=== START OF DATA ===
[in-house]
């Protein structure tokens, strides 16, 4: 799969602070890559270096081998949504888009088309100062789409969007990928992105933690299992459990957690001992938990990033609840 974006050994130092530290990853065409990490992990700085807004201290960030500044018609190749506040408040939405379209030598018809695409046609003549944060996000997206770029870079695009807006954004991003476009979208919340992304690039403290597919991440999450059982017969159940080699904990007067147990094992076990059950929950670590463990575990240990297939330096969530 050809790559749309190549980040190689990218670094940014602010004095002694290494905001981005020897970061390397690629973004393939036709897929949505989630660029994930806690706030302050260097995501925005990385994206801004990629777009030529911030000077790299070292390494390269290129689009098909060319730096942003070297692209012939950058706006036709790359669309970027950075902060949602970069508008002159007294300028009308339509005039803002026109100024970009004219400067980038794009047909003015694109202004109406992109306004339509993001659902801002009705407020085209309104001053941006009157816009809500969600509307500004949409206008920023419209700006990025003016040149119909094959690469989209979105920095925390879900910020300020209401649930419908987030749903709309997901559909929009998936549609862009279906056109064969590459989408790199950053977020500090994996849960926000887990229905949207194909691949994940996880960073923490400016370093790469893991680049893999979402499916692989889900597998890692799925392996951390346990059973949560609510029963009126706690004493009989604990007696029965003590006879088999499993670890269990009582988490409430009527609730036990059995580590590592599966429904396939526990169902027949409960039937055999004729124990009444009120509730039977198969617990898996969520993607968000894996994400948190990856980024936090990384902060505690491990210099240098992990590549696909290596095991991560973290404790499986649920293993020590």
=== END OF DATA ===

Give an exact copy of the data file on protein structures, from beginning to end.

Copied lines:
[in-house]
């Protein structure tokens, strides 16, 4: 799969602070890559270096081998949504888009088309100062789409969007990928992105933690299992459990957690001992938990990033609840 974006050994130092530290990853065409990490992990700085807004201290960030500044018609190749506040408040939405379209030598018809695409046609003549944060996000997206770029870079695009807006954004991003476009979208919340992304690039403290597919991440999450059982017969159940080699904990007067147990094992076990059950929950670590463990575990240990297939330096969530 050809790559749309190549980040190689990218670094940014602010004095002694290494905001981005020897970061390397690629973004393939036709897929949505989630660029994930806690706030302050260097995501925005990385994206801004990629777009030529911030000077790299070292390494390269290129689009098909060319730096942003070297692209012939950058706006036709790359669309970027950075902060949602970069508008002159007294300028009308339509005039803002026109100024970009004219400067980038794009047909003015694109202004109406992109306004339509993001659902801002009705407020085209309104001053941006009157816009809500969600509307500004949409206008920023419209700006990025003016040149119909094959690469989209979105920095925390879900910020300020209401649930419908987030749903709309997901559909929009998936549609862009279906056109064969590459989408790199950053977020500090994996849960926000887990229905949207194909691949994940996880960073923490400016370093790469893991680049893999979402499916692989889900597998890692799925392996951390346990059973949560609510029963009126706690004493009989604990007696029965003590006879088999499993670890269990009582988490409430009527609730036990059995580590590592599966429904396939526990169902027949409960039937055999004729124990009444009120509730039977198969617990898996969520993607968000894996994400948190990856980024936090990384902060505690491990210099240098992990590549696909290596095991991560973290404790499986649920293993020590």